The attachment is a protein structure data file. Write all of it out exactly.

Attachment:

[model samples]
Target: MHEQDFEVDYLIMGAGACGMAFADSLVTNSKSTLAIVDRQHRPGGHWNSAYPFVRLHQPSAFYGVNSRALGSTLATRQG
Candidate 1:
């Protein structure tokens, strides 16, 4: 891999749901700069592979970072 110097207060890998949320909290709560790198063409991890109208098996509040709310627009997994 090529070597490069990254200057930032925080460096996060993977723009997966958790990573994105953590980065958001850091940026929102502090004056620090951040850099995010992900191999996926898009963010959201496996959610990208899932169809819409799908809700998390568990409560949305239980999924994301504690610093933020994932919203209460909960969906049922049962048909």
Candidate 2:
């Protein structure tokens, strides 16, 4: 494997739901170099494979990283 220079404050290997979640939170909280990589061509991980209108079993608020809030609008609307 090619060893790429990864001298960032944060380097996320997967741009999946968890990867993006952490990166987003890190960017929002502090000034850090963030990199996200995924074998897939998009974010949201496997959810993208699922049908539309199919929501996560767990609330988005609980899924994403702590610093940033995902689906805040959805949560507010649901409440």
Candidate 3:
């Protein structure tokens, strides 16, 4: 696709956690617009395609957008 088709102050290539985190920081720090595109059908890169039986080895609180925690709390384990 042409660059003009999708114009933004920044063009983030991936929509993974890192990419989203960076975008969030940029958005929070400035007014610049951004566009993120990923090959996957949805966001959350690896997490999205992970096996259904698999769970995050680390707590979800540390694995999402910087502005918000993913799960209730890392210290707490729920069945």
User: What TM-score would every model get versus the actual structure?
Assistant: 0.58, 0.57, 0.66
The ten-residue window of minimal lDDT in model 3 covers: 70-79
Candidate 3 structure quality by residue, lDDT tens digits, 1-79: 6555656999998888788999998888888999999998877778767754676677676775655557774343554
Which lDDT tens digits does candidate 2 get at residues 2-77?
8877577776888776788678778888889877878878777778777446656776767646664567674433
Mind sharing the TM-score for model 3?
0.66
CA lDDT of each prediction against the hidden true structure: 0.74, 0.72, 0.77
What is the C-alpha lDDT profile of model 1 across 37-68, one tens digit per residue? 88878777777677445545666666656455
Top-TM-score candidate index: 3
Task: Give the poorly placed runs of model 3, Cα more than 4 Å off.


[model samples]
Target: MHEQDFEVDYLIMGAGACGMAFADSLVTNSKSTLAIVDRQHRPGGHWNSAYPFVRLHQPSAFYGVNSRALGSTLATRQG
Candidate 1:
């Protein structure tokens, strides 16, 4: 891999749901700069592979970072 110097207060890998949320909290709560790198063409991890109208098996509040709310627009997994 090529070597490069990254200057930032925080460096996060993977723009997966958790990573994105953590980065958001850091940026929102502090004056620090951040850099995010992900191999996926898009963010959201496996959610990208899932169809819409799908809700998390568990409560949305239980999924994301504690610093933020994932919203209460909960969906049922049962048909």
Candidate 2:
């Protein structure tokens, strides 16, 4: 494997739901170099494979990283 220079404050290997979640939170909280990589061509991980209108079993608020809030609008609307 090619060893790429990864001298960032944060380097996320997967741009999946968890990867993006952490990166987003890190960017929002502090000034850090963030990199996200995924074998897939998009974010949201496997959810993208699922049908539309199919929501996560767990609330988005609980899924994403702590610093940033995902689906805040959805949560507010649901409440």
Candidate 3:
């Protein structure tokens, strides 16, 4: 696709956690617009395609957008 088709102050290539985190920081720090595109059908890169039986080895609180925690709390384990 042409660059003009999708114009933004920044063009983030991936929509993974890192990419989203960076975008969030940029958005929070400035007014610049951004566009993120990923090959996957949805966001959350690896997490999205992970096996259904698999769970995050680390707590979800540390694995999402910087502005918000993913799960209730890392210290707490729920069945």
User: What TM-score would every model get versus the actual structure?
Assistant: 0.58, 0.57, 0.66
The ten-residue window of minimal lDDT in model 3 covers: 70-79
Candidate 3 structure quality by residue, lDDT tens digits, 1-79: 6555656999998888788999998888888999999998877778767754676677676775655557774343554
Which lDDT tens digits does candidate 2 get at residues 2-77?
8877577776888776788678778888889877878878777778777446656776767646664567674433
Mind sharing the TM-score for model 3?
0.66
CA lDDT of each prediction against the hidden true structure: 0.74, 0.72, 0.77
What is the C-alpha lDDT profile of model 1 across 37-68, one tens digit per residue? 88878777777677445545666666656455
Top-TM-score candidate index: 3
Task: Give the poorly placed runs of model 3, Cα more than 4 Å off.